In Valencia, La Fe University and Polytechnic Hospital has, since last year, an ALS Multidisciplinary Unit with 23 specialists and an average of 150 patients, which has become a point of reference in comprehensive assistance to patients with amyotrophic lateral sclerosis and which also promotes clinical research and communication. This hospital coordinates with the Unit in Castellón’s General Hospital, which also treats ALS cases. On the other hand, in the Miguel Hernández University of Elche, another research project with stem cells has that looks for treatments that can stop this disease has started. Neuroscience is very complex and although it has existed for many years, it is not as advanced as other branches of medicine.

For now, what we have to do is to come to terms with a disease that will accompany those it affects for the rest of their lives, and with which they must consider aspiring to a good life quality. Currently we do not have enough tools to win this fight.



«In recent years, charities have started to operate with the aim of contributing to make this rare disease more visible. Undoubtedly, the most important one has been the Ice Bucket Challenge»






«What we have to do is to come to terms with a disease that will accompany those it affects for the rest of their lives, and with which they must consider aspiring to a good life quality»


José Luis Lagardera
Every treatment is different, but in all of them we work with physical therapists, speech therapists, neumologists, social workers and psychologists, so that every one of them evaluates the patients. In the picture, Juan Francisco Vázquez and Teresa Sevilla, members of the ALS Multidisciplinary Unit of Valencia’s La Fe Hospital.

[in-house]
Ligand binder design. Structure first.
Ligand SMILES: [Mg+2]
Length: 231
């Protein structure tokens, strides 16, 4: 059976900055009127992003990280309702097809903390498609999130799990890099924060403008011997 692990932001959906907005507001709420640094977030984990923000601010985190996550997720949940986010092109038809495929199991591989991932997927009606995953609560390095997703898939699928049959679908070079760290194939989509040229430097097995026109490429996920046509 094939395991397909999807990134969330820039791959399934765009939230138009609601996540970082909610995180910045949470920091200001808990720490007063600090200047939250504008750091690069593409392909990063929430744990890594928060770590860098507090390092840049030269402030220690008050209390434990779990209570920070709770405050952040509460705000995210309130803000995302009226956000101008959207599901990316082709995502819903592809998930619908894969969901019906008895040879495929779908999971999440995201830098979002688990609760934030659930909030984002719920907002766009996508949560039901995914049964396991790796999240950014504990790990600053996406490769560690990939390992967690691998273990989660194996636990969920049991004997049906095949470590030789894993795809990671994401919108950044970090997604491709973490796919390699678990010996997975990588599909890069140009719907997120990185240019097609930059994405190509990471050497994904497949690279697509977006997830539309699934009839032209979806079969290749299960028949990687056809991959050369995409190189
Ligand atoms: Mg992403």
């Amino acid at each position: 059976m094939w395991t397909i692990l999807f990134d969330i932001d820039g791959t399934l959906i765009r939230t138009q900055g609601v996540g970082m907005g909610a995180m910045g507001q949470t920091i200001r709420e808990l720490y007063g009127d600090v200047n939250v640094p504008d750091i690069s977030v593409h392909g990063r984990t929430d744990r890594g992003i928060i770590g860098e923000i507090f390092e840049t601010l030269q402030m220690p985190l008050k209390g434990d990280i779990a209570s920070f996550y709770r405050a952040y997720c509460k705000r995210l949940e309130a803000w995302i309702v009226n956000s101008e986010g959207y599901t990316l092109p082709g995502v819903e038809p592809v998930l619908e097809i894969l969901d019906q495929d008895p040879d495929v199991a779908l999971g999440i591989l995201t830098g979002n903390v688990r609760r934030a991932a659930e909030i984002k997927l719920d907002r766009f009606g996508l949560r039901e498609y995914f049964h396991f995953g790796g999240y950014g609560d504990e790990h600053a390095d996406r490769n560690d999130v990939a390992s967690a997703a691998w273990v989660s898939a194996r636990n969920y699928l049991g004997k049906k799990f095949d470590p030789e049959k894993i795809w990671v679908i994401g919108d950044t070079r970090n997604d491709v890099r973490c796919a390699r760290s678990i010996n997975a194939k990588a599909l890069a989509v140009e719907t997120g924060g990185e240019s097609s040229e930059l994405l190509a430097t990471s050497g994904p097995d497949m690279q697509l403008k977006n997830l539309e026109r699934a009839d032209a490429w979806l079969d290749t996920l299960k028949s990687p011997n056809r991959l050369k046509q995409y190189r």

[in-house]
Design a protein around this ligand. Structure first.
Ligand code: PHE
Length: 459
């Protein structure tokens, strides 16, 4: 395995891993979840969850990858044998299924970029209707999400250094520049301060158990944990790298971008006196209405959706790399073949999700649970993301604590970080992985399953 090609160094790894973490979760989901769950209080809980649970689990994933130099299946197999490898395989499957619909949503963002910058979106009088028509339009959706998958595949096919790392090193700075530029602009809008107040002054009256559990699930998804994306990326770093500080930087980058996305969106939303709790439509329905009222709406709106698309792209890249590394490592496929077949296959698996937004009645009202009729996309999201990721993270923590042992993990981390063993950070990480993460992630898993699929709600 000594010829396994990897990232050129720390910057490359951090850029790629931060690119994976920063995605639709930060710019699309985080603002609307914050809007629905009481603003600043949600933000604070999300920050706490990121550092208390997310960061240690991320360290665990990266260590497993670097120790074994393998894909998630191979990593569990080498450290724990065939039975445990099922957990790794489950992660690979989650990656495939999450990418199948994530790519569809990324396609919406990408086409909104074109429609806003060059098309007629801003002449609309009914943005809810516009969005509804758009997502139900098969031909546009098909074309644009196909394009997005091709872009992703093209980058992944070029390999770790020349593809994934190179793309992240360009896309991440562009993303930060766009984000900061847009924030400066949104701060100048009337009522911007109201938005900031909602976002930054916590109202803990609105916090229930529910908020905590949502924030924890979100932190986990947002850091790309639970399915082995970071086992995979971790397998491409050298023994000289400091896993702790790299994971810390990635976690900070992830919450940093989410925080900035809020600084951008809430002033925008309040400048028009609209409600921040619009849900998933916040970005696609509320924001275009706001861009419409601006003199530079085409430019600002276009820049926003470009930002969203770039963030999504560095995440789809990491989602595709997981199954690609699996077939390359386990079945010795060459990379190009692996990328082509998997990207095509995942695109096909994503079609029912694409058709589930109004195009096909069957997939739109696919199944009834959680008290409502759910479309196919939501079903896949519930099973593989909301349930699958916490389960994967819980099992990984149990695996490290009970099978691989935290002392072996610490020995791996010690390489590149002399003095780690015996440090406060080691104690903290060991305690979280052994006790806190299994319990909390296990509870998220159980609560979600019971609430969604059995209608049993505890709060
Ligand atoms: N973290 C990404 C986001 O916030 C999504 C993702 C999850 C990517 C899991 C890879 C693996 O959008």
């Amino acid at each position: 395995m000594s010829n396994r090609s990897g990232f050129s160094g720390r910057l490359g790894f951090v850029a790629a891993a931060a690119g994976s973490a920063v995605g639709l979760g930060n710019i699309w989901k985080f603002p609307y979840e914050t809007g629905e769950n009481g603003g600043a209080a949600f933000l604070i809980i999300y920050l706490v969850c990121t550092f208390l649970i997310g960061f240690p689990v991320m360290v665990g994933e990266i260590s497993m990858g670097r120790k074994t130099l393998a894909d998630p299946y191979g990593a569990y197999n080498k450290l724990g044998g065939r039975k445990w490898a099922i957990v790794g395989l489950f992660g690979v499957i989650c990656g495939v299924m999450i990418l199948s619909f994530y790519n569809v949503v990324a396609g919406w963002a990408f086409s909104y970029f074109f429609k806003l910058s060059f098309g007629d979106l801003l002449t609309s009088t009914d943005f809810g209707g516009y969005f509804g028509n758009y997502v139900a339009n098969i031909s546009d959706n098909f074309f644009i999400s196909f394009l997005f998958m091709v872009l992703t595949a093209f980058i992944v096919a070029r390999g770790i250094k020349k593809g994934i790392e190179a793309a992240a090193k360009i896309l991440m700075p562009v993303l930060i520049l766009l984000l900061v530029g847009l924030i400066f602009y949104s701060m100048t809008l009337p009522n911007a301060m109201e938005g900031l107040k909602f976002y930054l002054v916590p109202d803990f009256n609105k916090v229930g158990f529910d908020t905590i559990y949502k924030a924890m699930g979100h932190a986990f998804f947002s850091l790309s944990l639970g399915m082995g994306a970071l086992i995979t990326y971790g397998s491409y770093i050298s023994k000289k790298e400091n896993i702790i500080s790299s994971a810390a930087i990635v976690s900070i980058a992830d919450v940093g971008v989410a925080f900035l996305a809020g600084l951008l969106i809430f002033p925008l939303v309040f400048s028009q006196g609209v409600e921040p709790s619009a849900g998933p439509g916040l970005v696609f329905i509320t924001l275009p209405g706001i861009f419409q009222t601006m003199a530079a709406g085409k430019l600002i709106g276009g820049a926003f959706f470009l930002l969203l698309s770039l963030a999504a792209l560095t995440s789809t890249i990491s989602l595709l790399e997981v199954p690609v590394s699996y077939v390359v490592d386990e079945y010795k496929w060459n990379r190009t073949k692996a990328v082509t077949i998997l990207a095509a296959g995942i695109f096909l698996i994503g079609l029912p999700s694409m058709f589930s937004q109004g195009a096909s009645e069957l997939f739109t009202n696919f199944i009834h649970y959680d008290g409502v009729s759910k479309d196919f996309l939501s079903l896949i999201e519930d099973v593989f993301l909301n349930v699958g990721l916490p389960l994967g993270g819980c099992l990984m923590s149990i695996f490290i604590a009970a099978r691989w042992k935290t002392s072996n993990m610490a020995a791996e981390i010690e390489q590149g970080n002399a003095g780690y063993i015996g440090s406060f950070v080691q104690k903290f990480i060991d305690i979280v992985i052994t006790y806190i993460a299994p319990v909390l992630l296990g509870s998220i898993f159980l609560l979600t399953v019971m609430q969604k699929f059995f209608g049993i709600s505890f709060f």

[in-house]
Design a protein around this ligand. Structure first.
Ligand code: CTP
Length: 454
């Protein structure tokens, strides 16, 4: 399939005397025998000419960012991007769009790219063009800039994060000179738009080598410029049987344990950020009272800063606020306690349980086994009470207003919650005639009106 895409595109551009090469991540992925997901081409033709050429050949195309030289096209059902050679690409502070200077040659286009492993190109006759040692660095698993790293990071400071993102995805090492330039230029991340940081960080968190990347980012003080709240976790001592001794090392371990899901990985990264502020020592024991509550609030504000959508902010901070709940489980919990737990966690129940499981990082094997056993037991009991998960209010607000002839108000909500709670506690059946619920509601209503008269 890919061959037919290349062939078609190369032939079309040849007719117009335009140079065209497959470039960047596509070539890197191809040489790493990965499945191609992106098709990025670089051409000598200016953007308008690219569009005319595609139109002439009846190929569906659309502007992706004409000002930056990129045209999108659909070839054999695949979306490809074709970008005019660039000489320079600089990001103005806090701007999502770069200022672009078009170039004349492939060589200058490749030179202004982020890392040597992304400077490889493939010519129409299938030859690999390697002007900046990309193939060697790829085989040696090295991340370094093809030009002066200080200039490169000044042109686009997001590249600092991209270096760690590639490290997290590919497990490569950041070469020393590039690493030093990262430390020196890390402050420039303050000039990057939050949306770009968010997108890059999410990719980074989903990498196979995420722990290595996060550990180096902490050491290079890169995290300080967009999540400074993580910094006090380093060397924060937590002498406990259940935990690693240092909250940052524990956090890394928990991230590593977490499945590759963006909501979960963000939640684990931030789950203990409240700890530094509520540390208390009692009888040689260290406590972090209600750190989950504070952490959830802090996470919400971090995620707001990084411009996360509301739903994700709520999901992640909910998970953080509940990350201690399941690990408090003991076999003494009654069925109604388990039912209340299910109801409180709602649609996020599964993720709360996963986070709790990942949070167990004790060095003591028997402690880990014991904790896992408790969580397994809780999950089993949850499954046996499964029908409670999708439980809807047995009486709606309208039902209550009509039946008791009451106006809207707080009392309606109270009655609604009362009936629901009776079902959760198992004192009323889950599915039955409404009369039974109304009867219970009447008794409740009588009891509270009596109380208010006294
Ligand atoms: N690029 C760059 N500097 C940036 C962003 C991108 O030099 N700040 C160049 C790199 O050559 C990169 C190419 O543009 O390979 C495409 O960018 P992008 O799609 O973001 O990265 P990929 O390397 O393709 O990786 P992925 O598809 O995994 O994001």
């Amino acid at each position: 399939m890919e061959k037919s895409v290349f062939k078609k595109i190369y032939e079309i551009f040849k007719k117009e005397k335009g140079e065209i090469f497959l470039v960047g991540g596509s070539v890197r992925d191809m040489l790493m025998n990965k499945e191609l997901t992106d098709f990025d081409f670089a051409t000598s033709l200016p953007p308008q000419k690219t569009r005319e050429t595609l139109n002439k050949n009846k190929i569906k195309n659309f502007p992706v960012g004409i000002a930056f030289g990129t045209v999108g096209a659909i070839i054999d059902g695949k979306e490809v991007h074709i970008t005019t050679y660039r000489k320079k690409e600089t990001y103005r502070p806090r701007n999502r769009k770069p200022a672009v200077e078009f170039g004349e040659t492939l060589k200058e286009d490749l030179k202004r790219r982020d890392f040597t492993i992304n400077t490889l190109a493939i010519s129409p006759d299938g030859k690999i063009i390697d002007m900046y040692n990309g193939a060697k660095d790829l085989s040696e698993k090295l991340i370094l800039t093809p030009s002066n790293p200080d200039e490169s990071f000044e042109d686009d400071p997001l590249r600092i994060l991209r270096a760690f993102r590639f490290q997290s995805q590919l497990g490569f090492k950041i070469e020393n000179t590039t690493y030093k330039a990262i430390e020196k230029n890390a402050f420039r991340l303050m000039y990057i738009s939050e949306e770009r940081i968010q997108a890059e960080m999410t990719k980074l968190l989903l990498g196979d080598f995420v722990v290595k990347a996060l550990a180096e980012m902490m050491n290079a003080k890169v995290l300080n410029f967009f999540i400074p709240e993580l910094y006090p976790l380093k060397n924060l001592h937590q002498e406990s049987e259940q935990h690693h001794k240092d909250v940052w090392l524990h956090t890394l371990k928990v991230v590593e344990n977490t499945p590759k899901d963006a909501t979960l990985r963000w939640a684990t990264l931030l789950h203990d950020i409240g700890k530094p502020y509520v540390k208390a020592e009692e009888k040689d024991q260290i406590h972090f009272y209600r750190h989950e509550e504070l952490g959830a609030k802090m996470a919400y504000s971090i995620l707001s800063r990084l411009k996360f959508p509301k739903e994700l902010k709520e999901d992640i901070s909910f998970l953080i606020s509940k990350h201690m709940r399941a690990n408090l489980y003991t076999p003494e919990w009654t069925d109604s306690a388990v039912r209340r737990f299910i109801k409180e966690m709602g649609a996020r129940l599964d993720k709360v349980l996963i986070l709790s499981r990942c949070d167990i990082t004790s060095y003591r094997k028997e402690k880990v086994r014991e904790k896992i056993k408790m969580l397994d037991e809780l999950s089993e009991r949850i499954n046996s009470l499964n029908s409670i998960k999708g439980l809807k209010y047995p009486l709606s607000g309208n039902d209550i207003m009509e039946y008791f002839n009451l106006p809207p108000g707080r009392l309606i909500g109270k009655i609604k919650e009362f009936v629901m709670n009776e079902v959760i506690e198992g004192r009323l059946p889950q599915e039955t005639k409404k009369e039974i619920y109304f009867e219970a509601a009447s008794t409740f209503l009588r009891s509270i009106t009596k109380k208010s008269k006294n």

Interview with Juan Francisco Vázquez, member of La Fe Hospital ALS Multidisciplinary Unit in Valencia

Are there any other units similar to La Fe’s?
I imagine that in every autonomous communities there is at least one. In Madrid there are five; In Catalonia, two that we know of. We are only in contact with the most important ones. In the Valencia region we have the one in La Fe Hospital and another one in Castellón.

How many people go to your unit?

We monitor an average of 150 patients a year. 50 of these are new, due to the high mortality rates of the disease.

How do you monitor them?

Normally, we visit them every three months, but monitoring is individualised depending on the patients, since it is a disease that evolves quickly and that has different stages. When it accelerates, we tend to make evaluations more often, especially if there is no communication, every month or every fifteen days.

Why is this disease so complex?

All neurodegenerative diseases are complex, and the causes and treatments of ALS are unknown. The particularity of ALS is that its evolution is much worse than others. The patients evolve and die much more quickly, and this fact gives us doctors less room for action. The survival average once ALS is diagnosed is three years, and while there are drugs that can lengthen life a little, it is a complex disease due to its rapid evolution. It is very difficult because there are still many things about the disease’s pathophysiology that we do not know.

What are the most frequent symptoms in an ALS patient?

They vary a lot depending on the region where it starts. ALS is a disease that causes a progressive muscle weakness that can begin in the legs, arms or face. Some may start with tripping or falling, which is the most frequent symptom; others with a clumsiness in their hands or a difficulty to manipulate objects; also with a difficulty to pronounce words or to swallow if it starts in the face; and a small percentage or the patients can start with breathing problems.